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New Orleans police superintendent retires

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New Orleans (Louisiana)
Civil and Public Services
Disasters (General)

NEW ORLEANS, Louisiana (CNN) -- After post-Katrina New Orleans was overrun with looters and nearly a third of the police force subsequently failed to show up for duty, the head of the city's police said Tuesday he will retire.

"Every man in leadership positions must know when it's time to hand over the reins to someone else," Police Superintendent Eddie Compass told reporters at a joint news conference with New Orleans Mayor Ray Nagin.

Compass offered no specific reason for his retirement, instead saying he planned to go "in another direction.

"I want to ask you to respect my privacy, respect my decision and just respect my right to be by myself." (Watch Compass' announcement --1:52)

Compass said he will stay on for a 30 to 45-day transition period. Assistant Superintendent Warren Riley will be acting superintendent, the mayor said shortly after Compass made his announcement.

The New Orleans police were overwhelmed in the aftermath of Hurricane Katrina. Several hundred officers failed to show up for work. The rest of the officers faced long and difficult days, often confronted with the fact they couldn't help those in need. Two officers -- including a department spokesman -- committed suicide.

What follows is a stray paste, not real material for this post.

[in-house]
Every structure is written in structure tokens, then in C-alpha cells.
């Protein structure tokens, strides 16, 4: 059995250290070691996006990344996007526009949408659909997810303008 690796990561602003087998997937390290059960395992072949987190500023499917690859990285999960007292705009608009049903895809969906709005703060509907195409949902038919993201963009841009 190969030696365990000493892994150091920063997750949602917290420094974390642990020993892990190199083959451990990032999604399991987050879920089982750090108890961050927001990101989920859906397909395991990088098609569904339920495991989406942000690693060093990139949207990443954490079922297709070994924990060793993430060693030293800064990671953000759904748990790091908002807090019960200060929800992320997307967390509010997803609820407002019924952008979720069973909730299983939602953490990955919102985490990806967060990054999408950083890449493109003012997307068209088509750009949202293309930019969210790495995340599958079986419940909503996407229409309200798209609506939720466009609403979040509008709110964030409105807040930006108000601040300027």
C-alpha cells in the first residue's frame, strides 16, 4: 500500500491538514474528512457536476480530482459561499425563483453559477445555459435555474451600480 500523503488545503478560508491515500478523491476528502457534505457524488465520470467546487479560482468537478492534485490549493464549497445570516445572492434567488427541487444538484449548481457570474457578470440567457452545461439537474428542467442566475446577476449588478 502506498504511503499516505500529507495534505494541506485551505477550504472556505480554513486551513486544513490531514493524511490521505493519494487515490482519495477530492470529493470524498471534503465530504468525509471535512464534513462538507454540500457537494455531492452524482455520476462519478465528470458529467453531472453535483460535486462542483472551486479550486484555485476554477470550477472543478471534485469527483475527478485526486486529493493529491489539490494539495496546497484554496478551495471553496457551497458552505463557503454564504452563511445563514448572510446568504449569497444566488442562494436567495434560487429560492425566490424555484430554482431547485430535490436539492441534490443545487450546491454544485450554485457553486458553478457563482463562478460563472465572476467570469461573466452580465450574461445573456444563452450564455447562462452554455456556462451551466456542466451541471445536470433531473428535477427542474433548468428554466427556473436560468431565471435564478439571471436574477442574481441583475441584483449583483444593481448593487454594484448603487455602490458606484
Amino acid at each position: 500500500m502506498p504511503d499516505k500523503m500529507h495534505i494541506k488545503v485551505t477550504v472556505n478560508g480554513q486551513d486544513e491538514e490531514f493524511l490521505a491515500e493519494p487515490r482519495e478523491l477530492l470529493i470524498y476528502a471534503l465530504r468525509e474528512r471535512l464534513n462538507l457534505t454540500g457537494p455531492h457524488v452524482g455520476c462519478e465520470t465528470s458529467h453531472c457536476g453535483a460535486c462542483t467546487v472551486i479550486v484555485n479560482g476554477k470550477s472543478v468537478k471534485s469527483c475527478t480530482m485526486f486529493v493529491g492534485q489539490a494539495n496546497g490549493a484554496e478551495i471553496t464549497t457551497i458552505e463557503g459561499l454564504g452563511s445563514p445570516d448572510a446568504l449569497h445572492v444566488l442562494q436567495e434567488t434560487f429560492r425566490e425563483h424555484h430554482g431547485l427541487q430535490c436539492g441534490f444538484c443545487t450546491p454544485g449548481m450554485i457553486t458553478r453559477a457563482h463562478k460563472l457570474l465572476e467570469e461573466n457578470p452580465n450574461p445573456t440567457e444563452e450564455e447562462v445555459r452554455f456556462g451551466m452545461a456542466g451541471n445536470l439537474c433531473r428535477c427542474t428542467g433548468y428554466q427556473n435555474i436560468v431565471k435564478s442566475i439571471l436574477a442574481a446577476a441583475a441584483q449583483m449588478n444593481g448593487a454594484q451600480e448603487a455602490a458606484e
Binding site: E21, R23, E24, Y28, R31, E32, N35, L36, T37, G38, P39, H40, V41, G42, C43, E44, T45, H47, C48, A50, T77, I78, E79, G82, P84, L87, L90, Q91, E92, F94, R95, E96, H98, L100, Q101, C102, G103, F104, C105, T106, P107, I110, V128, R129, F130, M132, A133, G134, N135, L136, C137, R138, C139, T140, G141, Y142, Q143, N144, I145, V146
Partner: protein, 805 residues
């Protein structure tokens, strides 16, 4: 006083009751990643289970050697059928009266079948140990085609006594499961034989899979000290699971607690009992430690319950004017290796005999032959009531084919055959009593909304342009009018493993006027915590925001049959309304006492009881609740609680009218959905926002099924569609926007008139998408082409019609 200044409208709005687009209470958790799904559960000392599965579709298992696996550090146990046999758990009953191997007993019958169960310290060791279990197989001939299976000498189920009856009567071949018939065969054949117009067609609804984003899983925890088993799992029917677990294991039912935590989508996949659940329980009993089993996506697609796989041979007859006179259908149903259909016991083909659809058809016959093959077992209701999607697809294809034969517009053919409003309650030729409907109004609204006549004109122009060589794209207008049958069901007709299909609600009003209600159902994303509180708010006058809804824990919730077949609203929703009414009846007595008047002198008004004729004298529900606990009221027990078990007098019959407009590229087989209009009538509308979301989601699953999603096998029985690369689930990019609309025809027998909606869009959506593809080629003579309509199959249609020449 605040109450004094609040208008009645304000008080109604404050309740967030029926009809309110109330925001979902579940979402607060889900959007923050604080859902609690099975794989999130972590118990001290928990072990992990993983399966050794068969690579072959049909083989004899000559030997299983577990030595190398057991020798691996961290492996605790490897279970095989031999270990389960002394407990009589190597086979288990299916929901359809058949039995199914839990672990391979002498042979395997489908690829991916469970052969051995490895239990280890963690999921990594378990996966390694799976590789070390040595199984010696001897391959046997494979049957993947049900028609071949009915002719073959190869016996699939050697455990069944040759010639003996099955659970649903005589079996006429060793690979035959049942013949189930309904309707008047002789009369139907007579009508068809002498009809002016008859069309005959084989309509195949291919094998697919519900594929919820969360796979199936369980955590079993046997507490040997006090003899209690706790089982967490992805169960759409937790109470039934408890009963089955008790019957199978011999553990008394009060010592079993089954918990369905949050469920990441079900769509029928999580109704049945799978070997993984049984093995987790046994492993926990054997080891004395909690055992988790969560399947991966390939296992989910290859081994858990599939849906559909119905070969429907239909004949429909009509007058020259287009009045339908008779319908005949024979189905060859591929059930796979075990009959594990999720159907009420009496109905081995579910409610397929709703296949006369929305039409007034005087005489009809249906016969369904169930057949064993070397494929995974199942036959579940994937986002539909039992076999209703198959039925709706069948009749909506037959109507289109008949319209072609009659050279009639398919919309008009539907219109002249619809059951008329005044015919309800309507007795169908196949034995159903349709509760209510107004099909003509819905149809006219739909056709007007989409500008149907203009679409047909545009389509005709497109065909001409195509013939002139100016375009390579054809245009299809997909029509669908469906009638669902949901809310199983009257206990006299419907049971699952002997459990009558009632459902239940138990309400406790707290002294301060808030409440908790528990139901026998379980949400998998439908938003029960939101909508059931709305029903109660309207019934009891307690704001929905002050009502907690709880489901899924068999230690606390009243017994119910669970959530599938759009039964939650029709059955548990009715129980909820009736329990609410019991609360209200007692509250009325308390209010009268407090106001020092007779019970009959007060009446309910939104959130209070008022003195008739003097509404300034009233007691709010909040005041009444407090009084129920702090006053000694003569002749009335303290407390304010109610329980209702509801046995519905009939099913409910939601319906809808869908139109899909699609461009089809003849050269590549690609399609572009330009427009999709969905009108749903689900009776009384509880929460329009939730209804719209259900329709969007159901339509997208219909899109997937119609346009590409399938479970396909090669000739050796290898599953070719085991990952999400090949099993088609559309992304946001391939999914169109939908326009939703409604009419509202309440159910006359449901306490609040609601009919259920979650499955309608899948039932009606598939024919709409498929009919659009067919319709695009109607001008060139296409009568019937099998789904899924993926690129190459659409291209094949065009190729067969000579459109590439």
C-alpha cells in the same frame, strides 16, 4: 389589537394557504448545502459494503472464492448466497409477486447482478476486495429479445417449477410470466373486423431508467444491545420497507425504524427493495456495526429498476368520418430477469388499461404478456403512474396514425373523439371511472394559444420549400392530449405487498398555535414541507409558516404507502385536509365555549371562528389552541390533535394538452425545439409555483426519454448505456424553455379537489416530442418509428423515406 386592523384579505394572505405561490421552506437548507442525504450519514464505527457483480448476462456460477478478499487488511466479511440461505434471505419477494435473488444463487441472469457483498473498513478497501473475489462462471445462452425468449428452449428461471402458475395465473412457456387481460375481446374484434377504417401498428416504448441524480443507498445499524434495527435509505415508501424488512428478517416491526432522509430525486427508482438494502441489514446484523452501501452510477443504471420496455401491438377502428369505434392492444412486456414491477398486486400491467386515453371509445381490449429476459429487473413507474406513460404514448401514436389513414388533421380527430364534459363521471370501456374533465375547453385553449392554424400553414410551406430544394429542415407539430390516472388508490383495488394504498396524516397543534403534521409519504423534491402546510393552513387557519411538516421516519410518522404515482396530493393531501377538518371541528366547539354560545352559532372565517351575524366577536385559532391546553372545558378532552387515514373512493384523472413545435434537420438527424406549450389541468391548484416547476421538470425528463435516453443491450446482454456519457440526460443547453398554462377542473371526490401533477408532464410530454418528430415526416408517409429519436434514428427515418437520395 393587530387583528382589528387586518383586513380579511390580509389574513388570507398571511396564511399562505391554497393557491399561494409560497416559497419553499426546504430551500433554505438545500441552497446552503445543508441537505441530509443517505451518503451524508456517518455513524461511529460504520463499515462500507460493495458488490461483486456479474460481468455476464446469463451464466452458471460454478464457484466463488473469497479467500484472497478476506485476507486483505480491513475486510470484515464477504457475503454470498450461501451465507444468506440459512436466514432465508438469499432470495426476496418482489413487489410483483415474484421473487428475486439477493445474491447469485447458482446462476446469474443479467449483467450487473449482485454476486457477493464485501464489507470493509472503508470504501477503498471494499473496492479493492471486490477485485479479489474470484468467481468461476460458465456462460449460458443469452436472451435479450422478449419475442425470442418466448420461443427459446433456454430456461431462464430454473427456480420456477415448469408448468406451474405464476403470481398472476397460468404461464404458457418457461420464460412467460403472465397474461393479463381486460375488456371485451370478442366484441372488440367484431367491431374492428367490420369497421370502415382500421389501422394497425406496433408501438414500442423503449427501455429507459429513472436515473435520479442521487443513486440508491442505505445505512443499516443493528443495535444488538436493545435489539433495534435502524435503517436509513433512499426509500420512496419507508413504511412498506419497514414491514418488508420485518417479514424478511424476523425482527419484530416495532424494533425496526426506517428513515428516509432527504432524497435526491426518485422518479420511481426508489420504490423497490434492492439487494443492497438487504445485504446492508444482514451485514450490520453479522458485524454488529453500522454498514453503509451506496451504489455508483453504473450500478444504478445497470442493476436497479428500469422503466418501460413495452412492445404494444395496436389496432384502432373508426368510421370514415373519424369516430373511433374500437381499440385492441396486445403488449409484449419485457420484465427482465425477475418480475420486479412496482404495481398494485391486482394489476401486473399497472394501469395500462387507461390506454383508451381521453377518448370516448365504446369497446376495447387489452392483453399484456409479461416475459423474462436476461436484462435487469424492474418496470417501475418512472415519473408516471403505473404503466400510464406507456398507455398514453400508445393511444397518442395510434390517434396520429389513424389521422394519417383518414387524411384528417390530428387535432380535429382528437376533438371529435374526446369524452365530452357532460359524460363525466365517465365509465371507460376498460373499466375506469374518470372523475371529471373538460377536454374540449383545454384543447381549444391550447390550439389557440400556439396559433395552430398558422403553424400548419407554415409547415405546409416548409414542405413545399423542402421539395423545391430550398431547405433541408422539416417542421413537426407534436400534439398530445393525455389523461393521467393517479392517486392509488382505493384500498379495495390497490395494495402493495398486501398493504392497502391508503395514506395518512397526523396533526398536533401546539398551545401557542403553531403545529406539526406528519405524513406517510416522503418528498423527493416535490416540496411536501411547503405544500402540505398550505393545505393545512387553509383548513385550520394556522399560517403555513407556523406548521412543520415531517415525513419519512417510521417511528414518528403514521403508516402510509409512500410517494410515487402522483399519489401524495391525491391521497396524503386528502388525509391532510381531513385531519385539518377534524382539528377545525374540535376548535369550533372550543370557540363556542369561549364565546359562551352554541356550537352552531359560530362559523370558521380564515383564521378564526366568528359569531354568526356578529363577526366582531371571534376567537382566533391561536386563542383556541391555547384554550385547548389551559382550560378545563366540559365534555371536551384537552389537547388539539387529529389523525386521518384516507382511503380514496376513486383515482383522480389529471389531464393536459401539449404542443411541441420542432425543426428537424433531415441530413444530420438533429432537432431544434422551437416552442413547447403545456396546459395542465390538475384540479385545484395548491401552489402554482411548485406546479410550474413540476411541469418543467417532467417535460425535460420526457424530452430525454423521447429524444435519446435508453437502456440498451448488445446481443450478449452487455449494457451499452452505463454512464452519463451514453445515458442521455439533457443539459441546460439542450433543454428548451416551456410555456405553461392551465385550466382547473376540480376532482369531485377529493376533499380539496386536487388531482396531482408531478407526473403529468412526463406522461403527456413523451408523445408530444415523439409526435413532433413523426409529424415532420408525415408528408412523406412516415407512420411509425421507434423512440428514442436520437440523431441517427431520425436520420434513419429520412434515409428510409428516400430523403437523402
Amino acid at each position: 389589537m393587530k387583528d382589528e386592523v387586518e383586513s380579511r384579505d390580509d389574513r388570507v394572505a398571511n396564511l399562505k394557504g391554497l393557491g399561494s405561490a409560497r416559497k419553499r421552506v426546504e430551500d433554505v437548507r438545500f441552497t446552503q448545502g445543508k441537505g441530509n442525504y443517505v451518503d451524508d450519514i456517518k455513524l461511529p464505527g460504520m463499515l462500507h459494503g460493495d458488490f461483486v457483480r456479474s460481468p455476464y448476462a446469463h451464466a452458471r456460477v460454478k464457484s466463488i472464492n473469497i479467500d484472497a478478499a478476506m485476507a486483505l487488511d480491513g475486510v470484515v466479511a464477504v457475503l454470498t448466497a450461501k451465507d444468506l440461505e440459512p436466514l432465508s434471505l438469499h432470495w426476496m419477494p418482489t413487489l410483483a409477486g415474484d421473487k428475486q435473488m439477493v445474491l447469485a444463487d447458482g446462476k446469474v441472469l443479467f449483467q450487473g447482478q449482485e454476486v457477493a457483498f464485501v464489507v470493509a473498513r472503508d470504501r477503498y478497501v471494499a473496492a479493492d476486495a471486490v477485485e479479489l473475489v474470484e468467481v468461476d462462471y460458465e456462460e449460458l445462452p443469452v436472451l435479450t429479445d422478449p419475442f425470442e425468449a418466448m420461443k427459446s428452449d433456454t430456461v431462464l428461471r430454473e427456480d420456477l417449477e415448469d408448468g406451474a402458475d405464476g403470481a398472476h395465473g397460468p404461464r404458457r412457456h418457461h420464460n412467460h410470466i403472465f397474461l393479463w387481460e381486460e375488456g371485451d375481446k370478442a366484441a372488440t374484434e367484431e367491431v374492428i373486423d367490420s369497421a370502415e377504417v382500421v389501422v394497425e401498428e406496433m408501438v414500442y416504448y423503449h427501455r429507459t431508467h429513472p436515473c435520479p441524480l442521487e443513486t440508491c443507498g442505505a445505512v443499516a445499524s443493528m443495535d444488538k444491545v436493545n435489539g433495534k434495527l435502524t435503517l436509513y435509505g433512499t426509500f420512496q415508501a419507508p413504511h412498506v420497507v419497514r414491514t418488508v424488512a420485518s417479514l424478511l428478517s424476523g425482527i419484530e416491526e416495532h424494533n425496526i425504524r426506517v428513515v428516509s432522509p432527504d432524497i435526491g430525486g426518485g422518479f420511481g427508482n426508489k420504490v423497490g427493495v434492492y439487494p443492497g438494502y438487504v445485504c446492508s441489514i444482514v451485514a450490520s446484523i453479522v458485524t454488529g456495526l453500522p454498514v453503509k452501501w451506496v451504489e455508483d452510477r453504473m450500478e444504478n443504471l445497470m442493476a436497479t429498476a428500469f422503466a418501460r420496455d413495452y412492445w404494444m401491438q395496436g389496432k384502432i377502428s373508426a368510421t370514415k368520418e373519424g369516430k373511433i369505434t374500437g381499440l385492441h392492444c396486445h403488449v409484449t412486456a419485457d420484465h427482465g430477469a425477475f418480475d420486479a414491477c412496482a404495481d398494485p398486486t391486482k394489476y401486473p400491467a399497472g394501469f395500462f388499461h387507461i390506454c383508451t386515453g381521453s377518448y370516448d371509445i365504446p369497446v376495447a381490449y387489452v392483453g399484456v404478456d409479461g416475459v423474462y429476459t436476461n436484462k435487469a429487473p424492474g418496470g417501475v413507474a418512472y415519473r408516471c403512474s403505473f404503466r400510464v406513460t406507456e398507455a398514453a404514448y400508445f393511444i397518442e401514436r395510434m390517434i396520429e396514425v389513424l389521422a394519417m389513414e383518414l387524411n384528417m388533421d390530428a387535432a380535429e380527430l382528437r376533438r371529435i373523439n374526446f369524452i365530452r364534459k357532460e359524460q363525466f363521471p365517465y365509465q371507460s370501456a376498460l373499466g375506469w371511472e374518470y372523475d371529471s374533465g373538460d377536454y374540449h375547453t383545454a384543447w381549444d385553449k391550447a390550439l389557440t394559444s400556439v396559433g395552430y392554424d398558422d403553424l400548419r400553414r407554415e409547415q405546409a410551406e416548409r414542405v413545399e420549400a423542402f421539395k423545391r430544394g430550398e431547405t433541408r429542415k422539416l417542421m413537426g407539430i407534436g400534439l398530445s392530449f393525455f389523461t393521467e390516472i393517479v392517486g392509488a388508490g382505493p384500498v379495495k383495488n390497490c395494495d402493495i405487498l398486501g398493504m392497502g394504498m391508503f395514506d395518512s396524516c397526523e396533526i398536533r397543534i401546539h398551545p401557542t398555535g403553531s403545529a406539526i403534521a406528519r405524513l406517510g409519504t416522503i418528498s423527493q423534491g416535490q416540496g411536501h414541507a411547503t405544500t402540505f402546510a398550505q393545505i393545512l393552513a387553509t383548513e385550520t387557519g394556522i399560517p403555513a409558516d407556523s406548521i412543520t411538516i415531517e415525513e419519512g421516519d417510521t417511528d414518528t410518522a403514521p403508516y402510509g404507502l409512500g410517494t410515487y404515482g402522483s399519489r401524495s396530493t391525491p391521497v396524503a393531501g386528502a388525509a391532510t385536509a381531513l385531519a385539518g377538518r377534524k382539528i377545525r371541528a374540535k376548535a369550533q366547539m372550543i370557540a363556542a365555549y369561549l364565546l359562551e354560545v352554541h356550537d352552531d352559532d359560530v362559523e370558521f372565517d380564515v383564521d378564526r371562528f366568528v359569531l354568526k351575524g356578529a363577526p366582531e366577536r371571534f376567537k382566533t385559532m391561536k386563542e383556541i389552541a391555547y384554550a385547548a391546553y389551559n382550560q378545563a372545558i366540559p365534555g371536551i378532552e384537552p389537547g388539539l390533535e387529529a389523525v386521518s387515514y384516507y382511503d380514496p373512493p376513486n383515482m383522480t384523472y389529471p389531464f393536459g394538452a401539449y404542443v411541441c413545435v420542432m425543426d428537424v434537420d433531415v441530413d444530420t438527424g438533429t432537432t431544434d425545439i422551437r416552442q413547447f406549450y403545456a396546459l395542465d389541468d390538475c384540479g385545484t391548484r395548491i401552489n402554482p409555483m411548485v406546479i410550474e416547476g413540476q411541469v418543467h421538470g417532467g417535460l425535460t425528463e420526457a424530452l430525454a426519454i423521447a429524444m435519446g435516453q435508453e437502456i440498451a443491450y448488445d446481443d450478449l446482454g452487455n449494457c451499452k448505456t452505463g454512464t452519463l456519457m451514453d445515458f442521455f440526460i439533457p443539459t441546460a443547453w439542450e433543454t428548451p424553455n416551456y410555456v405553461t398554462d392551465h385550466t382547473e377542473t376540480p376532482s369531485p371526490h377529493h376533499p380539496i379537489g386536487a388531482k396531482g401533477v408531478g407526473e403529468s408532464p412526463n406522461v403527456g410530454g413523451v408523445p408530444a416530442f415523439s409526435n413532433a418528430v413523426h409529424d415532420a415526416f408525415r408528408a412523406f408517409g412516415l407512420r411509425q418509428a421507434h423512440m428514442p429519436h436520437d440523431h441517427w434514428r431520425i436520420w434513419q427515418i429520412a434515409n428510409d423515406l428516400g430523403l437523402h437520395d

Compass' retirement was announced as former Federal Emergency Management Agency chief Michael Brown blamed Nagin and Louisiana's governor for failing to act before Hurricane Katrina hit the Gulf Coast. Brown told a congressional committee that FEMA "is not a first responder" and said that role belonged to state and local officials.

While he said Mississippi and Alabama had evacuated properly, Brown criticized Nagin and Gov. Kathleen Blanco for dragging their heels.

Compass had been with the department 26 years, the last three and a half as superintendent.

Nagin called it "a sad day in the city of New Orleans when you have a hero to make a decision such as this."

It was Compass' decision to retire from what had been a 1,700-person department before the hurricane struck, Nagin said. The mayor called the superintendent "a man who helped to guide the city through one of the toughest times it's ever had.

"You have to respect someone who makes that kind of decision; my heart goes out to the chief and his family. I'm sure his wife is probably doing a dance right now. I wish him nothing but the best. I trust that he's gonna make a lot of money after he leaves the city of New Orleans. Hopefully, he'll send me a Christmas card now and then," Nagin said.

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